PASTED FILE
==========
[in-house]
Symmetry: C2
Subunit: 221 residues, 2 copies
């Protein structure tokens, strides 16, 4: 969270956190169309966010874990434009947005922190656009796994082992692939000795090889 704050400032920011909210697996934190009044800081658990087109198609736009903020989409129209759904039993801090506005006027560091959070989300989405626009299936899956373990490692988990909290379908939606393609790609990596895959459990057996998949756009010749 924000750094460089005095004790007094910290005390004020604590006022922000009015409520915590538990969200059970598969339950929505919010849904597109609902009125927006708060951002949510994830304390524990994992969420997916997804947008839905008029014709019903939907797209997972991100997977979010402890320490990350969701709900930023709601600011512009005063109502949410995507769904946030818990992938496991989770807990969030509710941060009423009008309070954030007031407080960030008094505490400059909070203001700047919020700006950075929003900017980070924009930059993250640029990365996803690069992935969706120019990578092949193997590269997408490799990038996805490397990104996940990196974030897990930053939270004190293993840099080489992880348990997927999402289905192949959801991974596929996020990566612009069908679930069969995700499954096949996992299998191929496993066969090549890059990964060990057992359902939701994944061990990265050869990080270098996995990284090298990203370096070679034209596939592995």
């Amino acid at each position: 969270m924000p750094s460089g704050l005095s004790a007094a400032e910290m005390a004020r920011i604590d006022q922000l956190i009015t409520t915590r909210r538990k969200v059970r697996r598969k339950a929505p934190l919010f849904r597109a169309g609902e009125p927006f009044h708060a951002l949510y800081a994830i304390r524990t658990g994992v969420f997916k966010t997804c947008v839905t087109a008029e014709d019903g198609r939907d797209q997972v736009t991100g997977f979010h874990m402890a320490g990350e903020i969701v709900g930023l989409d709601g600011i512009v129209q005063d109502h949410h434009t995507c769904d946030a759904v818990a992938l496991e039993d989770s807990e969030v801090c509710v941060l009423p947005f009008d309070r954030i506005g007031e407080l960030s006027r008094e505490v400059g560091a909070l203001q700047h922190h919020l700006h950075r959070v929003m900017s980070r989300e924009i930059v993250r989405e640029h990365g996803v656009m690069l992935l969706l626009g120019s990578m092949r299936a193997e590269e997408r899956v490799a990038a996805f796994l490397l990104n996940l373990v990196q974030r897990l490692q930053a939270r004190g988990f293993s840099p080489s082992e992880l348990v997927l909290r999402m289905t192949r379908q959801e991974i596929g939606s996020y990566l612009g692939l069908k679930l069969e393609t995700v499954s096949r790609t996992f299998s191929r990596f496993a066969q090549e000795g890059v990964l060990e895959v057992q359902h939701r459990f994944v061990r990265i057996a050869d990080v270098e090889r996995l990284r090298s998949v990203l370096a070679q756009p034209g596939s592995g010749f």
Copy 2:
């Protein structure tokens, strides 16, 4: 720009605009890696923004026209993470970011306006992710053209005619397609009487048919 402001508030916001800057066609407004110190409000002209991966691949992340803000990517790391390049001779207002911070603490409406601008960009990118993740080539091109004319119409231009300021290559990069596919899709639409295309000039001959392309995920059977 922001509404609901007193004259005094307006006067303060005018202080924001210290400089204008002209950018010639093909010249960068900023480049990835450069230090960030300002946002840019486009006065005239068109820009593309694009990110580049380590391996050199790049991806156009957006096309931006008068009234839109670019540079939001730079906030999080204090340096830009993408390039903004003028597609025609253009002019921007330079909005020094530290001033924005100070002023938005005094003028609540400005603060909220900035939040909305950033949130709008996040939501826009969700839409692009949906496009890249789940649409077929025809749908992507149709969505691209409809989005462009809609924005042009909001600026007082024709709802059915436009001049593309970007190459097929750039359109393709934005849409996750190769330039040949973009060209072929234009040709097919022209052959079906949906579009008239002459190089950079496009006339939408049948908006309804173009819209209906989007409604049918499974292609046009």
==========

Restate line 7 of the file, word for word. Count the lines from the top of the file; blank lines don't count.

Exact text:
């Protein structure tokens, strides 16, 4: 720009605009890696923004026209993470970011306006992710053209005619397609009487048919 402001508030916001800057066609407004110190409000002209991966691949992340803000990517790391390049001779207002911070603490409406601008960009990118993740080539091109004319119409231009300021290559990069596919899709639409295309000039001959392309995920059977 922001509404609901007193004259005094307006006067303060005018202080924001210290400089204008002209950018010639093909010249960068900023480049990835450069230090960030300002946002840019486009006065005239068109820009593309694009990110580049380590391996050199790049991806156009957006096309931006008068009234839109670019540079939001730079906030999080204090340096830009993408390039903004003028597609025609253009002019921007330079909005020094530290001033924005100070002023938005005094003028609540400005603060909220900035939040909305950033949130709008996040939501826009969700839409692009949906496009890249789940649409077929025809749908992507149709969505691209409809989005462009809609924005042009909001600026007082024709709802059915436009001049593309970007190459097929750039359109393709934005849409996750190769330039040949973009060209072929234009040709097919022209052959079906949906579009008239002459190089950079496009006339939408049948908006309804173009819209209906989007409604049918499974292609046009």